In Science, students were asked to observe five different trees and note their major characteristics while learning about Wisconsin's last glacial event.
CS18 Students study the National Wilderness Preservation System in English and History class through research, imagination, and artwork.
Earth Art starts the semester with a tea party that takes students on an imaginary journey looking at crafts from different places around the world.
Every January, Wisconsin Association for Environmental Education hosts Winter Workshop for Wisconsin's Educators.
Move-In Weekend is an exciting time for staff and students; a whirlwind of new beginnings, activities and campus exploration.
Staff, faculty, and campus services have been preparing in a vast variety of ways for the arrival of the CS18 student body.
The question of "how to be human," has been an underlying theme throughout the semester in AP Environmental Science class.
Outdoor Skills class learns Wilderness First Aid and explores possible scenarios with hands on learning in their outdoor classroom.
At Conserve School students form a connection with nature through their "Phenology Spot" and reflecting on their "Sense of Place."
Students in Spanish class learned how to make empanadas together and then engaged in the tradition of "sobremesa."
Our English class, Wilderness Voices, examines perspectives in literature through "Windows and Mirrors" while spending an afternoon outside.
The Taking Action Project (TAP) is a cornerstone of the Stewardship in Action Class at Conserve School.
The art room has been a busy place! A recent guest teacher and artisan, Charles Nickles, taught students how to make rings from wood.
Stewardship in Action recently did a unit on Art as Activism where they learned several print making techniques and much more.
Students from CS17 built and practiced their ice skating skills at the Snowflake Ice Rink in Land O' Lakes, Wisconsin.
The observation of nature, phenology, is both an art and a science. Students each have their own phenology spot to observe and record their surroundings.
A History class field trip to the Norwich Mine helps students understand the mining history of the Upper Peninsula.
Math students recently studied Fibonacci numbers using monominos, then ventured into recursion and The Golden Ratio.
La mesa de español is a popular lunchtime activity for students who want to improve or maintain their foreign language skills.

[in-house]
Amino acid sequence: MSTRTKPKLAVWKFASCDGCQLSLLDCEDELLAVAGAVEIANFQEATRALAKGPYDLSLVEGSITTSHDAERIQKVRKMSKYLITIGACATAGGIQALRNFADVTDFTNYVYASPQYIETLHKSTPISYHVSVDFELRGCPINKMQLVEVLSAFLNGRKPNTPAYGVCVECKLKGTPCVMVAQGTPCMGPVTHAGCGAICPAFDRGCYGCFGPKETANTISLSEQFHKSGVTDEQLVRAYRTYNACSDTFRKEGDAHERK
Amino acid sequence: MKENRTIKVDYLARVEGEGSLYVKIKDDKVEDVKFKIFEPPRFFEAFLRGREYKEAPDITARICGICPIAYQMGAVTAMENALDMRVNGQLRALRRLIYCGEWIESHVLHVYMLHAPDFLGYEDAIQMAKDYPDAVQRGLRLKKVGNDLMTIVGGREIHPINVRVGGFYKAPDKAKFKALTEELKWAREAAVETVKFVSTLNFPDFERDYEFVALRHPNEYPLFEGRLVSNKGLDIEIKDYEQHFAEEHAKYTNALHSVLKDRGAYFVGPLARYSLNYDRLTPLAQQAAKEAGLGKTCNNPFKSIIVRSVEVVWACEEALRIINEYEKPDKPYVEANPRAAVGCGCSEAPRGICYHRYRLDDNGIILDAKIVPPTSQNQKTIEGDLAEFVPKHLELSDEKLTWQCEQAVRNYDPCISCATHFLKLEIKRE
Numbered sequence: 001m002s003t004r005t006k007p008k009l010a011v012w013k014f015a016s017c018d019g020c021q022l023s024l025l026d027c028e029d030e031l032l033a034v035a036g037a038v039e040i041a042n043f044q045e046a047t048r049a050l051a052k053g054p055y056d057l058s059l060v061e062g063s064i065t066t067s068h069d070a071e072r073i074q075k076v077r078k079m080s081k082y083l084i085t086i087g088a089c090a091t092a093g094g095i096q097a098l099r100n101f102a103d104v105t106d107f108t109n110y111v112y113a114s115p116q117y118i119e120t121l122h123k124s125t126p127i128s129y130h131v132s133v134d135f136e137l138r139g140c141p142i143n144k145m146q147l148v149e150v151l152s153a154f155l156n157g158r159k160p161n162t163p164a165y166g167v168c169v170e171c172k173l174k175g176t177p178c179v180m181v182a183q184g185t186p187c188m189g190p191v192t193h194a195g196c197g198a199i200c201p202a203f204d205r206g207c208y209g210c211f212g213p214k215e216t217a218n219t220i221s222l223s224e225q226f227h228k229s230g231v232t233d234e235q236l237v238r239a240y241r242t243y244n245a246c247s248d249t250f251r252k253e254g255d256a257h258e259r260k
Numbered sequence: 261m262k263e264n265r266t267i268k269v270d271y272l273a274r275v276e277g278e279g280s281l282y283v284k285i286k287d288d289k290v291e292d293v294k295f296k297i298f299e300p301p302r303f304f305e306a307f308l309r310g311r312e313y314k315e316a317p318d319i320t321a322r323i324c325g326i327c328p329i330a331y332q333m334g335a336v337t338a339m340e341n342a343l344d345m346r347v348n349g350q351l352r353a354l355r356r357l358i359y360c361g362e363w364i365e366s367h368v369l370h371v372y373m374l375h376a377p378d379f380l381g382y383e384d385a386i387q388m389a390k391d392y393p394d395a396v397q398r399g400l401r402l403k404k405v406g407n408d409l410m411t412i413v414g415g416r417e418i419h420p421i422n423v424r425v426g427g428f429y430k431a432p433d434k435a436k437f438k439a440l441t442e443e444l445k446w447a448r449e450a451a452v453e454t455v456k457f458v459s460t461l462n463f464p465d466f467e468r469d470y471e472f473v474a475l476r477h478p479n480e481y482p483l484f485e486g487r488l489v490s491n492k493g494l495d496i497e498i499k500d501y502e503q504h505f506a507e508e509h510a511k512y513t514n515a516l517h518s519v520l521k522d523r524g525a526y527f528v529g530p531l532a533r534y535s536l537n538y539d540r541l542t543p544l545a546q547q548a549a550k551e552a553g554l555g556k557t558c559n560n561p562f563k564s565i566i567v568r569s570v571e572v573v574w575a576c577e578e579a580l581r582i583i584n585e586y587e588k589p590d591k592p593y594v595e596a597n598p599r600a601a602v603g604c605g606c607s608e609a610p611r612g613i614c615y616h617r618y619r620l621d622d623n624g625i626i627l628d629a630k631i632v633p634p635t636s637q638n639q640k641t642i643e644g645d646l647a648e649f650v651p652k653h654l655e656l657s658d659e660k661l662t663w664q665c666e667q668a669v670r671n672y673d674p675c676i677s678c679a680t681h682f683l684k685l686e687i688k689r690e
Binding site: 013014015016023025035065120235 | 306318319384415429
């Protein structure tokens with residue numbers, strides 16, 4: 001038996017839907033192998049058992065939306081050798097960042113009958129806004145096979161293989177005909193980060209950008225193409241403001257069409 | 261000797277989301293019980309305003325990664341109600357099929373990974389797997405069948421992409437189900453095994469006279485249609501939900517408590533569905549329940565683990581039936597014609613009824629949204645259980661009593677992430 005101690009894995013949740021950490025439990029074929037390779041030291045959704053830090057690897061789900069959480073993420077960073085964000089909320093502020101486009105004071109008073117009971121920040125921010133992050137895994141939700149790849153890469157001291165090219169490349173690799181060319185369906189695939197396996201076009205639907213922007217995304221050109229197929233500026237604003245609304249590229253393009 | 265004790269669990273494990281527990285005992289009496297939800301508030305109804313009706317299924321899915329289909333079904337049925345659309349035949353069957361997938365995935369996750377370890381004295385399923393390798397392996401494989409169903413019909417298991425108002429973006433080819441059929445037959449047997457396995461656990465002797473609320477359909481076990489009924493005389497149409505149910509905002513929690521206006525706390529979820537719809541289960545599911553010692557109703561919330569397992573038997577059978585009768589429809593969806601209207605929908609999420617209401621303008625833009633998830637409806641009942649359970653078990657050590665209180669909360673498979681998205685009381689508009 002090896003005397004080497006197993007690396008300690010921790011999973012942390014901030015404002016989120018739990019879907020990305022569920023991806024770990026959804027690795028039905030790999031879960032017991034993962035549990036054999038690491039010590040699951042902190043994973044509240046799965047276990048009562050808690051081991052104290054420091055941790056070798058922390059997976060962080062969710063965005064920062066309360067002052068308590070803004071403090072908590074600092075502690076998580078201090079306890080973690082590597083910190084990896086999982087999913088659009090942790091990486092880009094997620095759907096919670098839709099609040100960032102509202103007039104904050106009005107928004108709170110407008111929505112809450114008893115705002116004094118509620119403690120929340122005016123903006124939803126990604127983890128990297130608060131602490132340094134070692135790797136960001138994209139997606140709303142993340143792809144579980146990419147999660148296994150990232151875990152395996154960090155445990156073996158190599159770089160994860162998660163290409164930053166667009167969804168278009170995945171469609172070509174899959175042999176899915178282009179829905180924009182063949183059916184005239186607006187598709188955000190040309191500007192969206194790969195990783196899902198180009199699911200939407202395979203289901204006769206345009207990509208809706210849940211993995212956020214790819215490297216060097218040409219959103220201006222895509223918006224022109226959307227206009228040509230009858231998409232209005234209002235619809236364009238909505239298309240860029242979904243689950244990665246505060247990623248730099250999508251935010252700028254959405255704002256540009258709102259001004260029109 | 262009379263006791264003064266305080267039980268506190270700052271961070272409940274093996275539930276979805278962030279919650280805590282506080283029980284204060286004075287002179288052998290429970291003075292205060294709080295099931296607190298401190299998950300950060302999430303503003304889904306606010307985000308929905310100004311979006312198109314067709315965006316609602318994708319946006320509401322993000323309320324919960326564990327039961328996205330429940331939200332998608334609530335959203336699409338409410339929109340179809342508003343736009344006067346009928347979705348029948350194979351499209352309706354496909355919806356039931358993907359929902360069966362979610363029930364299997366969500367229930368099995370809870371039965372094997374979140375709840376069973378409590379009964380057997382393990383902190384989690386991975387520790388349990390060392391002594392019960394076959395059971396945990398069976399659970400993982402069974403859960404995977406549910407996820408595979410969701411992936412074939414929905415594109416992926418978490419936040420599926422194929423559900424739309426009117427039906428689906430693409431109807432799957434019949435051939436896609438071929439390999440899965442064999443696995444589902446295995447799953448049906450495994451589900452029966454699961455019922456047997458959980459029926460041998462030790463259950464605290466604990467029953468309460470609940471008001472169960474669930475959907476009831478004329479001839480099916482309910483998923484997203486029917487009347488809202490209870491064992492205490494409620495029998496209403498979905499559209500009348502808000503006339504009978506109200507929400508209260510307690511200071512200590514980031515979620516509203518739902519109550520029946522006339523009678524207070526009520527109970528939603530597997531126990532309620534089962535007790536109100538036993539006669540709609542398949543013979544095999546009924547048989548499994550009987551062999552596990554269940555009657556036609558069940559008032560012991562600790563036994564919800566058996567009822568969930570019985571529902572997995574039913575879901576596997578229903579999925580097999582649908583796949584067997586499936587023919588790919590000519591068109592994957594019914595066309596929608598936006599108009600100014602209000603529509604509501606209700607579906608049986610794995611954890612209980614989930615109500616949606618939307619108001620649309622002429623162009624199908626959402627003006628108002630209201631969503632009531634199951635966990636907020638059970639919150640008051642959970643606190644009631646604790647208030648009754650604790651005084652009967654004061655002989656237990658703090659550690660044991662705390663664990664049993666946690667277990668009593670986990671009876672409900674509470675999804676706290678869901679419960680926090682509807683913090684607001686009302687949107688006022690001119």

The history of Lumberjacking in this region of the country gets a lesson in log splitting in Michael Salat's history class.
In Earth Art, students create characters, Environmental Heroes, from leaves and other found materials to share with the Conserve School Community.
Science Teacher, Leanna Jackan hosted a late night candlelight bog hike where students explored both folktales and scientific explanations of bogs.
Director of Student Support, Phil DeLong, writes about the intentional support measures that Conserve School provides to support its students.
In Wilderness Voices, Conserve School's English class, students reenacted one of the strangest tales in Alaskan literature.
Yesterday, with excitement, students embarked on their Solo trips, a mainstay of the Conserve School experience.
A group of students led by Teaching Fellows spent a day volunteering with the Friends of the Porcupine Mountains clearing trails for the coming ski season.
In Stewardship in Action students learned about ways to turn invasive species into food, fuel, fiber, and building material.
Students stay busy building skills and proficiency in academics, art and the outdoors. This past weekend they got to share these experiences with their families.
Families with students in Earth Art, participate in an Earth Art printing project in the art room during Family Weekend.
Students explored the world of fungi both artistically and scientifically. Learning about and hunting mushrooms in the forest and then painting them in the art room.
The Five Lake Loop is a favorite lesson for both students and teachers alike! It is a combined History and English lesson that traverses the Sylvania.
Important lessons in Outdoor Skills prior to the Five Lake Loop and Exploration Week are portaging and canoe t-rescues.
Last week's beautiful weather lent itself wonderfully to the outdoor weaving, Earth Art, project in the commons.
This week in science class, CS17 made the first step towards building a long term monitoring plan of white tail deer population on campus.
Herbivores, omnivores and carnivores, predators and prey, this is "Life and Death in the Forest." Read about this outdoor science lesson.
Math students got out of the classroom last week and went outside and into the woods to use fractals for measuring ferns.
English Teacher, Jeff Rennicke, takes time to tackle the relationship we all have with fear in the wilderness in a lesson called, "The Trail of Eyes."
Conserve School has adopted a segment of the NCT in The Trapp Hills region of Upper Michigan. Students volunteer to help maintain the trail.
In Stewardship class students harvested wild edibles, made delicious recipes, and came up with their own guidelines for harvesting with respect and for sustainability.
Our new English Teaching Fellow, Noah, from Detroit has shared a journal entry from his first camping trip in the Sylvania Wilderness during a staff training expedition.
Michael and Jeff, History and English teachers respectively combined lessons both in the classroom and on the Lowenwood Estate to rewrite "The Wilderness Act."
Our Spanish language teacher, Kathleen, taught a lesson in mindfulness entirely in Spanish to encourage both listening and thinking in Spanish.
Art teachers, Robert and Nancy kicked off the semester with a tea ceremony introducing students to crafts and natural materials used in art around the world.
The summer residency for UW-Steven Point's new Doctorate of Education in Education Sustainability took place at Conserve School. Doctoral students from California, Rhode Island, Maryland, Beijing and Wisconsin met to present what they learned in the first year of their program.
From June 10th to the 14th teachers from semester schools around the country converged at Conserve School for the third annual Semester Schools Teachers' Conference.